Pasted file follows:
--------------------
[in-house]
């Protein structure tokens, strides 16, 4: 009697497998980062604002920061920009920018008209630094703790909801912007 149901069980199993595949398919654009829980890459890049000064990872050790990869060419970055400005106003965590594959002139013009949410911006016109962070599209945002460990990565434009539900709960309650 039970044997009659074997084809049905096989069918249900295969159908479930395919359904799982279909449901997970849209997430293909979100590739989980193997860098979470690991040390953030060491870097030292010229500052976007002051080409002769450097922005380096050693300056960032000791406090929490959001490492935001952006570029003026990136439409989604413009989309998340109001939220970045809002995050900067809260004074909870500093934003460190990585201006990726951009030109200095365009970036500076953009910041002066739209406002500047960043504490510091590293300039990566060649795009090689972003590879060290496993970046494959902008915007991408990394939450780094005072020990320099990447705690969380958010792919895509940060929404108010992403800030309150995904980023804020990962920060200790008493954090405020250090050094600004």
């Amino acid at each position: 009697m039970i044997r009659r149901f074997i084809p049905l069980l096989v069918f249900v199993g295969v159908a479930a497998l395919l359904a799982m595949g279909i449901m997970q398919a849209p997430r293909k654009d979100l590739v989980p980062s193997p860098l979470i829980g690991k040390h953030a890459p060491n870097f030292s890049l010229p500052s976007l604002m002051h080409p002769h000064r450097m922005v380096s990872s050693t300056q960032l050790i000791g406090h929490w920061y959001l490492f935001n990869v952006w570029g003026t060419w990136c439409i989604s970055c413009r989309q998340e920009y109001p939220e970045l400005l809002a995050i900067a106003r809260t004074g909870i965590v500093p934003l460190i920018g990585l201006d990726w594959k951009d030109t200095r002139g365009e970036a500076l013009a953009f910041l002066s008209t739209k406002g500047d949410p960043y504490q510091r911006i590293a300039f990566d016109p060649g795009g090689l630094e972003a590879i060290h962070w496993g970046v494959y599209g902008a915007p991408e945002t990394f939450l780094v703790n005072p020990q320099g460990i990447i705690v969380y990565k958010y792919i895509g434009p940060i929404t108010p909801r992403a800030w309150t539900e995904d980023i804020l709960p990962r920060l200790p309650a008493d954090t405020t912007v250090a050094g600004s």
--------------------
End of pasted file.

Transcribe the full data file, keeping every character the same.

[in-house]
């Protein structure tokens, strides 16, 4: 009697497998980062604002920061920009920018008209630094703790909801912007 149901069980199993595949398919654009829980890459890049000064990872050790990869060419970055400005106003965590594959002139013009949410911006016109962070599209945002460990990565434009539900709960309650 039970044997009659074997084809049905096989069918249900295969159908479930395919359904799982279909449901997970849209997430293909979100590739989980193997860098979470690991040390953030060491870097030292010229500052976007002051080409002769450097922005380096050693300056960032000791406090929490959001490492935001952006570029003026990136439409989604413009989309998340109001939220970045809002995050900067809260004074909870500093934003460190990585201006990726951009030109200095365009970036500076953009910041002066739209406002500047960043504490510091590293300039990566060649795009090689972003590879060290496993970046494959902008915007991408990394939450780094005072020990320099990447705690969380958010792919895509940060929404108010992403800030309150995904980023804020990962920060200790008493954090405020250090050094600004």
């Amino acid at each position: 009697m039970i044997r009659r149901f074997i084809p049905l069980l096989v069918f249900v199993g295969v159908a479930a497998l395919l359904a799982m595949g279909i449901m997970q398919a849209p997430r293909k654009d979100l590739v989980p980062s193997p860098l979470i829980g690991k040390h953030a890459p060491n870097f030292s890049l010229p500052s976007l604002m002051h080409p002769h000064r450097m922005v380096s990872s050693t300056q960032l050790i000791g406090h929490w920061y959001l490492f935001n990869v952006w570029g003026t060419w990136c439409i989604s970055c413009r989309q998340e920009y109001p939220e970045l400005l809002a995050i900067a106003r809260t004074g909870i965590v500093p934003l460190i920018g990585l201006d990726w594959k951009d030109t200095r002139g365009e970036a500076l013009a953009f910041l002066s008209t739209k406002g500047d949410p960043y504490q510091r911006i590293a300039f990566d016109p060649g795009g090689l630094e972003a590879i060290h962070w496993g970046v494959y599209g902008a915007p991408e945002t990394f939450l780094v703790n005072p020990q320099g460990i990447i705690v969380y990565k958010y792919i895509g434009p940060i929404t108010p909801r992403a800030w309150t539900e995904d980023i804020l709960p990962r920060l200790p309650a008493d954090t405020t912007v250090a050094g600004s």